Today, in honor of Lunch Week here at The Kitchn, we're setting out in search of a legendary beast of days gone by, that Bigfoot of the corner office: The Three-Martini Lunch.
How Did They Do It?
How ever did those Mid-century, Mad Men-type business execs manage to swing it? Made mostly of gin (or, if you prefer, vodka) with a measure of dry vermouth mixed in (and, okay, that little bit of dilution that comes from stirring it with ice), the Martini is one bracing beverage. There's no soda, no fruit juice, no syrup, no ice cubes to lighten things up. It's all booze.
Have of these in the middle of a workday and you probably won't find yourself at your most productive when you get back to your desk. But three? How is that even imaginable?
Well, it's all about portion sizes. Along with everything else in America, cocktails have become supersized over the years. Originally designed to be short, stiff drinks that could be consumed quickly enough to stay icy cold til the finish, they've since ballooned to birdbath-like proportions.
If you look at the pic directly above, you'll see a cocktail glass from the 1940s (left) alongside one I purchased at a big chain retailer last year (right). While the modern glass holds a hefty 10 ounces of liquid, the vintage glass holds a scant 4 when filled to its brim (many others of the same era held 3 ounces or even 2). In this lies the answer: Three Martinis from the late 50s/early 60s were the rough equivalent of a one Martini as portioned in many American bars and restaurants today - perhaps not a recipe for success in most modern work environments, but manageable enough to leave a Mad Man standing.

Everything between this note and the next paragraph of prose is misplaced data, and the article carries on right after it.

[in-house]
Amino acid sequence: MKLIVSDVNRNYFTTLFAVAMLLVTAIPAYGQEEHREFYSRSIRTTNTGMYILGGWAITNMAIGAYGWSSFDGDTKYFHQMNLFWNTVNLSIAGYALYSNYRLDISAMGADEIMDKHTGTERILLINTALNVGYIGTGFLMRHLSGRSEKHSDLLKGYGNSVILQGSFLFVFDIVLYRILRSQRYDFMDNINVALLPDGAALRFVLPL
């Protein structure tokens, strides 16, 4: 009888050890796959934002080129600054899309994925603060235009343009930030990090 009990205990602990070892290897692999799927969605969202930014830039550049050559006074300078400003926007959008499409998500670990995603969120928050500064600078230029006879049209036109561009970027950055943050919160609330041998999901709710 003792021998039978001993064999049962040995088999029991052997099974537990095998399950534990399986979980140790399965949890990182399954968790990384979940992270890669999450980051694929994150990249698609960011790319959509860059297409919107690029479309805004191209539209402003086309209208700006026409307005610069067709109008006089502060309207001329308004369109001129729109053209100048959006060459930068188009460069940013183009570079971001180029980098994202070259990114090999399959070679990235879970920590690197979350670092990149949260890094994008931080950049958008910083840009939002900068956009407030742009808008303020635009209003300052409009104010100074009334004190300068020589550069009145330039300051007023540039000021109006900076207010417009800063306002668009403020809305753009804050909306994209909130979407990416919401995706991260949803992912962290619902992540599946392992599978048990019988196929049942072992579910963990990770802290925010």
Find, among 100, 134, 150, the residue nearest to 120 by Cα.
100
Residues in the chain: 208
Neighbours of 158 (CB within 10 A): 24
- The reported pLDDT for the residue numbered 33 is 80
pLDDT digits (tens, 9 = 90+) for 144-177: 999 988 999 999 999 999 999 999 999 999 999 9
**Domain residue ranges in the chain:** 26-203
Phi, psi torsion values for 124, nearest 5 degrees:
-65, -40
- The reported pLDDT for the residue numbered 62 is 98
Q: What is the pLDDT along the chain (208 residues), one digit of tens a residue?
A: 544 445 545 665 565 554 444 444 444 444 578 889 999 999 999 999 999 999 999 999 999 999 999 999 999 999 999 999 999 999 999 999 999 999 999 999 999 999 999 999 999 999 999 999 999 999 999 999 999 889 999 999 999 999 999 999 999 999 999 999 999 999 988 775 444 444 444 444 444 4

(Sidenote: If you'd like to see these smaller cocktail glasses in action, there's no better place to look than classic film: check out The Thin Man (1934), All About Eve (1950), Sabrina (1954), North by Northwest (1959), and The Apartment (1960) for some great Martini- (and Gibson-) sipping scenes.)
What are your thoughts on the Three-Martini Lunch?
Nora Maynard is a longtime home mixologist and an occasional instructor at NYC’s Astor Center. She is a contributor to The Business of Food: Encyclopedia of the Food and Drink Industries and is the recipient of the American Egg Board Fellowship in culinary writing at the Writers’ Colony at Dairy Hollow. She previously covered food and drink in film at The Kitchn in her weekly column, The Celluloid Pantry.
(Images: Nora Maynard)